Your feelings about god being an imaginary all-powerful daddy in the sky likely have a lot to do with your feelings about your own personal daddy. Without getting hung up on on bummer vibes or details of biography, I think it's worth acknowledging at least the utility in making sense of a deity who, insofar as he's responsible for life as experienced, is obviously arbitrary, unpredictable, blinkered, hostile, and occasionally abusive. However, to note that religious power is a blurry metaphor for some stomping drunk asshole's because-I-said-so-isms is not to claim that all power should be held to work this way. These caveats arise because political power is all too often misconstrued as located in a unitary (daddy/god-like) figure. Another mystification. (Where political power is in fact located and where it should be located I leave as an exercise for the reader.)

These considerations lead us ineluctably to Lou Lamoriello, the president and general manager of, the unitary image of power over, the New Jersey Devils, for what feels like and is decades. Nearly three of them. Not the owner, not (usually) the coach, Lamoriello is the figure atop the mountain, hurling the odd thunderbolt at a lesser being, issuing pronunciamentoes dutifully handed down unchallenged by fawning priest weenie types, and crafting idiotic rules for people to follow.

(Lou Lamoriello inspecting the waiver wire.)

Interestingly, Lamoriello has maintained his position and his power across multiple regimes of Devils ownership. Viewed from another angle, he has more or less spuriously continued to manifest and exercise power while the actual sources of power have come and gone.

As Marx points out, all these weird mysteries have a solution: pay attention to what is actually happening; do things better. (You may prefer the rendering of one or another translator:

Thus for instance, after the earthly family is discovered to be the secret of the holy family, the former must then itself be destroyed in theory and in practice.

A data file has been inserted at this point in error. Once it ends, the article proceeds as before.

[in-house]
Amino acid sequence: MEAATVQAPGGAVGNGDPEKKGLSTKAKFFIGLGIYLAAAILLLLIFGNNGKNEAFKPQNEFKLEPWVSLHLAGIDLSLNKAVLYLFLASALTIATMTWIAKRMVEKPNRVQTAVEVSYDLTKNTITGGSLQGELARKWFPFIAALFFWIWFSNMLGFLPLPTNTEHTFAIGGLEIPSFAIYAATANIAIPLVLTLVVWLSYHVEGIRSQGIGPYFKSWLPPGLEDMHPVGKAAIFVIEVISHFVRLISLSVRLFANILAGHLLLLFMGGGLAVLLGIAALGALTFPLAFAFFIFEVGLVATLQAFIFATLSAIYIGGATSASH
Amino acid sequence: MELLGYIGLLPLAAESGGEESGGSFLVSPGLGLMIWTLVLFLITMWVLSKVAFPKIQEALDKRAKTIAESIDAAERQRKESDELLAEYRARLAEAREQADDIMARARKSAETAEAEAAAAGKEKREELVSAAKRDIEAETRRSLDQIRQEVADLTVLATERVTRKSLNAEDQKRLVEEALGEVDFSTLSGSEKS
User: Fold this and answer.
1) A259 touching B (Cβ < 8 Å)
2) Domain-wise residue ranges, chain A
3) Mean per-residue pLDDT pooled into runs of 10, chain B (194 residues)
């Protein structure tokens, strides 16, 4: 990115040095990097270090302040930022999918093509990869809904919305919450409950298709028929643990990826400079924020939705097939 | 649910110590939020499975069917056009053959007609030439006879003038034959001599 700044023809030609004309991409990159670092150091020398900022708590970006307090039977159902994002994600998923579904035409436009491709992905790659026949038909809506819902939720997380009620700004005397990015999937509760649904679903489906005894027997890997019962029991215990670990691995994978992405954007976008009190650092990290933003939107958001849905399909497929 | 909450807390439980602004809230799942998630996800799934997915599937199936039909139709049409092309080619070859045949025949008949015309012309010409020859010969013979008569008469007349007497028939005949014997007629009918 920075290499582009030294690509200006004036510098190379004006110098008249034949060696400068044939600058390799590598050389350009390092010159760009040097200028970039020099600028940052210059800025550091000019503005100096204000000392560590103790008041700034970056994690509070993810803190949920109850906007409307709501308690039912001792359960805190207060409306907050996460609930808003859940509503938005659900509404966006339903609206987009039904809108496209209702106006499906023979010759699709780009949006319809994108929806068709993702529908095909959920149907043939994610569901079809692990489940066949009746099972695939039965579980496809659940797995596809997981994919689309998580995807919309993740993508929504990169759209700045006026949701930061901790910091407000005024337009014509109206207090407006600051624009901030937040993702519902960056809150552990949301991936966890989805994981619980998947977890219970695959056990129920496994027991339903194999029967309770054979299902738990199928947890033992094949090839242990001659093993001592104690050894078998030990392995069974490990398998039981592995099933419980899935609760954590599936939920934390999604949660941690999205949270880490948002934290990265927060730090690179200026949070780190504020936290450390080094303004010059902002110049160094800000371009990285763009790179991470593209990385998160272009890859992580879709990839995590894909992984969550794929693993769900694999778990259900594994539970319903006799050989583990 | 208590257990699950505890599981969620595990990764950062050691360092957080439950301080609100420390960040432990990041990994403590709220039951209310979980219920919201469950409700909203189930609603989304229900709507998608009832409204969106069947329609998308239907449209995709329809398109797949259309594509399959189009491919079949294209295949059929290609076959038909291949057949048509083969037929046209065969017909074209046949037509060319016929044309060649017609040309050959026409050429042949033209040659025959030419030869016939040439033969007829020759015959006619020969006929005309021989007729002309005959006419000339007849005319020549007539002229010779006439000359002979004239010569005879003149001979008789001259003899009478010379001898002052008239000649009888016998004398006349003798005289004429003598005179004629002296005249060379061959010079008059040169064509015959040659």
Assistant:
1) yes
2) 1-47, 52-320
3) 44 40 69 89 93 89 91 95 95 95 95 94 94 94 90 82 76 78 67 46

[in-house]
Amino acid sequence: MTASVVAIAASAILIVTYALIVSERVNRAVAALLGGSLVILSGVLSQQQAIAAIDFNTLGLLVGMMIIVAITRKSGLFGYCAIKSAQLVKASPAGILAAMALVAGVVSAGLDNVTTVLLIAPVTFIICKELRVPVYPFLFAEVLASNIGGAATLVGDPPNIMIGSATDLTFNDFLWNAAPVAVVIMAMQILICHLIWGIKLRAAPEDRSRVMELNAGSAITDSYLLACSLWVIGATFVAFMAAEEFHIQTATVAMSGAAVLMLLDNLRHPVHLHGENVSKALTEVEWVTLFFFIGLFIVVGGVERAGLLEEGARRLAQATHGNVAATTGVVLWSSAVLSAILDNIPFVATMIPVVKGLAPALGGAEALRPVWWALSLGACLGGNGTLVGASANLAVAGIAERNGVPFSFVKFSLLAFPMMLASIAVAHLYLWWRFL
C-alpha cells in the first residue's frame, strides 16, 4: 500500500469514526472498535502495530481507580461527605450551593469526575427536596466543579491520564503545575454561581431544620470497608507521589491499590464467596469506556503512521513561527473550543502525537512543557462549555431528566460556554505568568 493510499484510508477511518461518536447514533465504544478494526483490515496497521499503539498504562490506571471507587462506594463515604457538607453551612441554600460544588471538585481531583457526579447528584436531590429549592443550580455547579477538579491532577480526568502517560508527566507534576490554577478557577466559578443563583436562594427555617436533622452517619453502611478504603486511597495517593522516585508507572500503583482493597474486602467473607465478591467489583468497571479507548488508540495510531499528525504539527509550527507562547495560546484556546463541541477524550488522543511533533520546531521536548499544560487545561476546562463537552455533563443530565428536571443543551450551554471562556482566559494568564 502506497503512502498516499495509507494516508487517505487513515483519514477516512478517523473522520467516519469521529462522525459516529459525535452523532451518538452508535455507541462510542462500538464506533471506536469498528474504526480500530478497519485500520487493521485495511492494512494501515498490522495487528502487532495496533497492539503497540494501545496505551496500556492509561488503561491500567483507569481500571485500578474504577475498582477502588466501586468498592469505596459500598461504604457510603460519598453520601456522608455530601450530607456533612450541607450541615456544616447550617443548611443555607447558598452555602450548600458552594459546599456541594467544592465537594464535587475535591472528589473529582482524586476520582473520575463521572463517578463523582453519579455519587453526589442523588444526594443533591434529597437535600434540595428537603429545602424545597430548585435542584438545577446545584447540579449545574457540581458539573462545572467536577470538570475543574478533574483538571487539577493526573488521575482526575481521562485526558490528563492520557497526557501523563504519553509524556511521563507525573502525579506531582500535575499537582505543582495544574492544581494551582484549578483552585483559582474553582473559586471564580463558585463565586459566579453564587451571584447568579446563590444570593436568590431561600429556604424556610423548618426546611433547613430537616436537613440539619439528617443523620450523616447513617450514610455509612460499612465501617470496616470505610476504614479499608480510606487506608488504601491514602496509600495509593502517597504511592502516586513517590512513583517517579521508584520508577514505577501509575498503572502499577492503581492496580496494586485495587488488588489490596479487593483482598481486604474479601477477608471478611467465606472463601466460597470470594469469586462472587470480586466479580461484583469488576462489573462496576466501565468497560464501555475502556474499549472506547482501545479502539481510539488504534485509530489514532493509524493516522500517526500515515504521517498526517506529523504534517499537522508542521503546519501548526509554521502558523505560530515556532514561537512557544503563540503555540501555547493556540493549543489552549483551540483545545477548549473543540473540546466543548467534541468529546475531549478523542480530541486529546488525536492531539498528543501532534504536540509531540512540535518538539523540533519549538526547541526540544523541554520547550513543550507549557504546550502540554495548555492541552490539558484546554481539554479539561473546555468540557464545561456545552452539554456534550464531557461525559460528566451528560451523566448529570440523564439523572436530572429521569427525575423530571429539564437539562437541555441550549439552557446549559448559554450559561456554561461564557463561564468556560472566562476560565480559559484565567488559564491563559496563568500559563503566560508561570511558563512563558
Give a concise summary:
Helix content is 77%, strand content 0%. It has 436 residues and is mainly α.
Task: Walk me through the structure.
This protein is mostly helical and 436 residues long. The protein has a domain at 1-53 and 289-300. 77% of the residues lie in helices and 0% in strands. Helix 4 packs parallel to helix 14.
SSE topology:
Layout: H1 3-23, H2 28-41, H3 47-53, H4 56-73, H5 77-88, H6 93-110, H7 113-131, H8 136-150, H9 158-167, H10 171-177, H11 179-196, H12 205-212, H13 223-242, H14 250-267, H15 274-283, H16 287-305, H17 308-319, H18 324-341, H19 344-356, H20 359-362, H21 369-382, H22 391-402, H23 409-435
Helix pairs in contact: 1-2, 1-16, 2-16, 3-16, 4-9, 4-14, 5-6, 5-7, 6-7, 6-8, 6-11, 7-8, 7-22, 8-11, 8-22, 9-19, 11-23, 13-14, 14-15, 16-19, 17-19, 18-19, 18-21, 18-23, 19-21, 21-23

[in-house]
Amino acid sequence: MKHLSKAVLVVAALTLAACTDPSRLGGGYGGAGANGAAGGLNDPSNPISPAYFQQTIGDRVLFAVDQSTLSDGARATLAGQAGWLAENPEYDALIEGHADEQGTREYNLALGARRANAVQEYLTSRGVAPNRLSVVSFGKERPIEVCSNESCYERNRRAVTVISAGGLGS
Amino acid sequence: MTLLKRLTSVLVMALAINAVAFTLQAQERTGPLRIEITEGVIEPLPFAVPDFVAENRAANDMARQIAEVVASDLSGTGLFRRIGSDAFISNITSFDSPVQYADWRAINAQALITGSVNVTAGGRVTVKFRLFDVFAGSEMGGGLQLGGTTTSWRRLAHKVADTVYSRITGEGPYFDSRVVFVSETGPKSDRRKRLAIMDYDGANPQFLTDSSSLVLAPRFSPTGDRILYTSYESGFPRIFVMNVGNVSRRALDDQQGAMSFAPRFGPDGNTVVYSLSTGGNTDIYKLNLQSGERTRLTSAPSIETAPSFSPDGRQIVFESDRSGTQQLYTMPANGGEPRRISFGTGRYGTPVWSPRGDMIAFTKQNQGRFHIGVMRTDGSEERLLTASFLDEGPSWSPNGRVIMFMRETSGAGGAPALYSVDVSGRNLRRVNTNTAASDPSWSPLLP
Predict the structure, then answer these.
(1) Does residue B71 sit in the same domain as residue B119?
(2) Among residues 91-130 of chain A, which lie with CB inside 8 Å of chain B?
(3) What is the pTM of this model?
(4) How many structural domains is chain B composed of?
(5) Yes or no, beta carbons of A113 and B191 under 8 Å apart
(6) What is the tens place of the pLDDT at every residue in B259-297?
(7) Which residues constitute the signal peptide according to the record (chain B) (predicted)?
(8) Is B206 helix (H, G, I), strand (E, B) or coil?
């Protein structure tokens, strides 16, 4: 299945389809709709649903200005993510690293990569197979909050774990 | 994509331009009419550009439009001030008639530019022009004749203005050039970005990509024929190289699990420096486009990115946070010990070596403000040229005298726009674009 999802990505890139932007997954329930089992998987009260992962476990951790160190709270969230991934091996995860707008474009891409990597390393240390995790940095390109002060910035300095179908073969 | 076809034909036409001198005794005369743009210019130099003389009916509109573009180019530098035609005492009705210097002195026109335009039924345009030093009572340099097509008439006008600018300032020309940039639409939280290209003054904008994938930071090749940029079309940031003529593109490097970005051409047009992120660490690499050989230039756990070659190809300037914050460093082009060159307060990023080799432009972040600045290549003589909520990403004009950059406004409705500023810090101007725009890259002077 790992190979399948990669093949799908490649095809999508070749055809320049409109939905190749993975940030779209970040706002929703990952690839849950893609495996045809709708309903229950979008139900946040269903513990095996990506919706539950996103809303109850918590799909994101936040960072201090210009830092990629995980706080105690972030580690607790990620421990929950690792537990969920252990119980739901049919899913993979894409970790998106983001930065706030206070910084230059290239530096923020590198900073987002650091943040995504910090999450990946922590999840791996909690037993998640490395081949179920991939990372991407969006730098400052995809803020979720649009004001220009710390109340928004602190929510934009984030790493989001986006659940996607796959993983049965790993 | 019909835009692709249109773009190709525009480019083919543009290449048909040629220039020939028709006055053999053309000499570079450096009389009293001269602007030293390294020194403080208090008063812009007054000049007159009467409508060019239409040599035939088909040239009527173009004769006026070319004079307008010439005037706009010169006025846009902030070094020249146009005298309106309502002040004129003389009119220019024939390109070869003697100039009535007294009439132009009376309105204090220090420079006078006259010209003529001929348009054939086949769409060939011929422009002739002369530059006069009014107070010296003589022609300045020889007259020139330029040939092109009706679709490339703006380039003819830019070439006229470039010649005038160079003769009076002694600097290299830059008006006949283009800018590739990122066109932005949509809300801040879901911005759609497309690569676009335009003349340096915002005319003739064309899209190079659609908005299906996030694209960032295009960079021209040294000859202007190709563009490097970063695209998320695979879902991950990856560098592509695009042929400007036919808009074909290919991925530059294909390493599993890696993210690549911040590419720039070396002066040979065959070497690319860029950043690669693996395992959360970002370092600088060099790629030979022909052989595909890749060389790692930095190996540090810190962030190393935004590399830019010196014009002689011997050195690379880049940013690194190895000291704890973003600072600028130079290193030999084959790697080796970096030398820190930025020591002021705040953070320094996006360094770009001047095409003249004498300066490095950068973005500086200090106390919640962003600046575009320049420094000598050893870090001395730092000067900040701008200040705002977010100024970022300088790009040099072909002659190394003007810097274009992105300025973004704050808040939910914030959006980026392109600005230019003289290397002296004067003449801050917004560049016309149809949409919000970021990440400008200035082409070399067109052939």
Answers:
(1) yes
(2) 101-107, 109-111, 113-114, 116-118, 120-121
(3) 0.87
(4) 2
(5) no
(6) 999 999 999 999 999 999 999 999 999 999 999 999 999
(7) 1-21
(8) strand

Or, in the formulation I prefer:
Thus, for instance, after the earthly family is discovered to be the secret of the holy family, the former must then itself be criticized in theory and revolutionized in practice.

One of these days, somebody will pay enough attention to Lou Lamoriello and his (?) New Jersey Devils to notice a long history of malfeasance, of power exercised in the service of goals small, mean, and selfish: a nepotist, Lamoriello's two sons work for him (just as Jesus, Mars, and Hephaestus all went into the family business); a chisler, he has alienated many players who wanted fair market value for their labor (Ken Daneyko, Pat Verbeek, Kirk Muller, Bill Guerin) and bullied others into accepting lowball offers because they are in the (holy?) "family" (Patrick Elias, Martin Brodeur); a cheat, he signed Ilya Kovalchuk to an illegal contract, and a couple disappointing years later, he benefited enormously first from Kovalchuk's convenient decision to "retire"* and subsequently from the league's inexplicable decision to reduce their penalties for that illegal contact to what legal analysts are unanimous in describing as: "fuckall". A tyrannical dickhead of a martinet, Lamoriello insists his players comport to his dress sense (suits) and facial hair preferences (none), even as YHWH frowns and shakes his head at your bacon cheeseburger and shrimp cocktail.

If the mystification be removed, Lou Lamoriello and god both suck. God's a simple construct attempting to explain the capricious universe and mask the cruelty of humanity and the institutions it has created. Lamoriello is a snivelling tyrant who lucked into a world-historically good goalie/system at the only time in history they would have been successful. With luck, one day both god and Lamoriello will be but dusty memories with no active influence on my life. On that day, I might actually be able to like—or at least love—that Devils franchise, which, like me, started in Kansas City, then had a couple shitty years in Denver before hieing out to the relative bliss of a coast. After all, we can free ourselves of what we only imagine is power; but we never can escape our history.

—Collision, interested in devils, if not Devils

*N.B.: Ilya Kovalchuk is currently playing professional hockey in Russia. His "retirement" from the NHL served simply to allow him to live and work where he wanted to. Completely coincidentally, it did a major solid for the Devils franchise, who desperately needed out from under the vast stacks of cash they still owed him.**

**That metaphor doesn't work, dude; if they wanted out from under the vast stacks of cash they owed him, they should have paid him the money, because then the stacks would be gone.***

***Fuck off.